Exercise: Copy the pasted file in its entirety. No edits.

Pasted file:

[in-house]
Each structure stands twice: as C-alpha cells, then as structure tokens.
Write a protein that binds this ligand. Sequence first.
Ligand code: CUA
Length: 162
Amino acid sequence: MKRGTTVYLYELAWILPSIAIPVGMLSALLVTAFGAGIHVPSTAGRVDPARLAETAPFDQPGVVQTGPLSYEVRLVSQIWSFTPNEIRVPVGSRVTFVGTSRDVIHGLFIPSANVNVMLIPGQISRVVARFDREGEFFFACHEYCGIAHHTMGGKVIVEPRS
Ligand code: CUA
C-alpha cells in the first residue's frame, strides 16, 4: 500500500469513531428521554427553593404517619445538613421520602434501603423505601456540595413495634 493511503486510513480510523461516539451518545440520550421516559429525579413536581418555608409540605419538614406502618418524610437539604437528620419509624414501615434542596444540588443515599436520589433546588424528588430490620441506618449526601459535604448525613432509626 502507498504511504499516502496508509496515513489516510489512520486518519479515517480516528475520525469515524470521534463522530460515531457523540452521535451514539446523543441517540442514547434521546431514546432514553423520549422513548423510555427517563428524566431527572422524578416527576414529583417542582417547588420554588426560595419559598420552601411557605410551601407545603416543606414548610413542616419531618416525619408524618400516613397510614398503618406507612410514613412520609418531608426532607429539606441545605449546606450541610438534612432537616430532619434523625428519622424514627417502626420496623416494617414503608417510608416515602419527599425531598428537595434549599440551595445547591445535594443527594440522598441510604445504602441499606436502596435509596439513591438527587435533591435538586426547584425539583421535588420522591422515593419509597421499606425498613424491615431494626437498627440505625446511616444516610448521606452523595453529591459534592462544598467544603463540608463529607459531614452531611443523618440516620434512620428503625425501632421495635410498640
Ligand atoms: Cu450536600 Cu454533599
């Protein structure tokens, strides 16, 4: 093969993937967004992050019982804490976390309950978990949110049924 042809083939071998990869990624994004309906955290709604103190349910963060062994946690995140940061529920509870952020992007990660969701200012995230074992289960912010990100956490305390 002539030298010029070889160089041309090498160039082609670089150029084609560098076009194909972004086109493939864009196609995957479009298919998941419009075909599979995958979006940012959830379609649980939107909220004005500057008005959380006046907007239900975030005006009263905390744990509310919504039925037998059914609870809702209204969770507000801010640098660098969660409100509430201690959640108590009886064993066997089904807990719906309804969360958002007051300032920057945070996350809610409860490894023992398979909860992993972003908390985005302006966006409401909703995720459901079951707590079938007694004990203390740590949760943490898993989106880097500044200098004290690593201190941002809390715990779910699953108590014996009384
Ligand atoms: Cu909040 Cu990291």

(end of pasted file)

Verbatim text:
[in-house]
Each structure stands twice: as C-alpha cells, then as structure tokens.
Write a protein that binds this ligand. Sequence first.
Ligand code: CUA
Length: 162
Amino acid sequence: MKRGTTVYLYELAWILPSIAIPVGMLSALLVTAFGAGIHVPSTAGRVDPARLAETAPFDQPGVVQTGPLSYEVRLVSQIWSFTPNEIRVPVGSRVTFVGTSRDVIHGLFIPSANVNVMLIPGQISRVVARFDREGEFFFACHEYCGIAHHTMGGKVIVEPRS
Ligand code: CUA
C-alpha cells in the first residue's frame, strides 16, 4: 500500500469513531428521554427553593404517619445538613421520602434501603423505601456540595413495634 493511503486510513480510523461516539451518545440520550421516559429525579413536581418555608409540605419538614406502618418524610437539604437528620419509624414501615434542596444540588443515599436520589433546588424528588430490620441506618449526601459535604448525613432509626 502507498504511504499516502496508509496515513489516510489512520486518519479515517480516528475520525469515524470521534463522530460515531457523540452521535451514539446523543441517540442514547434521546431514546432514553423520549422513548423510555427517563428524566431527572422524578416527576414529583417542582417547588420554588426560595419559598420552601411557605410551601407545603416543606414548610413542616419531618416525619408524618400516613397510614398503618406507612410514613412520609418531608426532607429539606441545605449546606450541610438534612432537616430532619434523625428519622424514627417502626420496623416494617414503608417510608416515602419527599425531598428537595434549599440551595445547591445535594443527594440522598441510604445504602441499606436502596435509596439513591438527587435533591435538586426547584425539583421535588420522591422515593419509597421499606425498613424491615431494626437498627440505625446511616444516610448521606452523595453529591459534592462544598467544603463540608463529607459531614452531611443523618440516620434512620428503625425501632421495635410498640
Ligand atoms: Cu450536600 Cu454533599
């Protein structure tokens, strides 16, 4: 093969993937967004992050019982804490976390309950978990949110049924 042809083939071998990869990624994004309906955290709604103190349910963060062994946690995140940061529920509870952020992007990660969701200012995230074992289960912010990100956490305390 002539030298010029070889160089041309090498160039082609670089150029084609560098076009194909972004086109493939864009196609995957479009298919998941419009075909599979995958979006940012959830379609649980939107909220004005500057008005959380006046907007239900975030005006009263905390744990509310919504039925037998059914609870809702209204969770507000801010640098660098969660409100509430201690959640108590009886064993066997089904807990719906309804969360958002007051300032920057945070996350809610409860490894023992398979909860992993972003908390985005302006966006409401909703995720459901079951707590079938007694004990203390740590949760943490898993989106880097500044200098004290690593201190941002809390715990779910699953108590014996009384
Ligand atoms: Cu909040 Cu990291």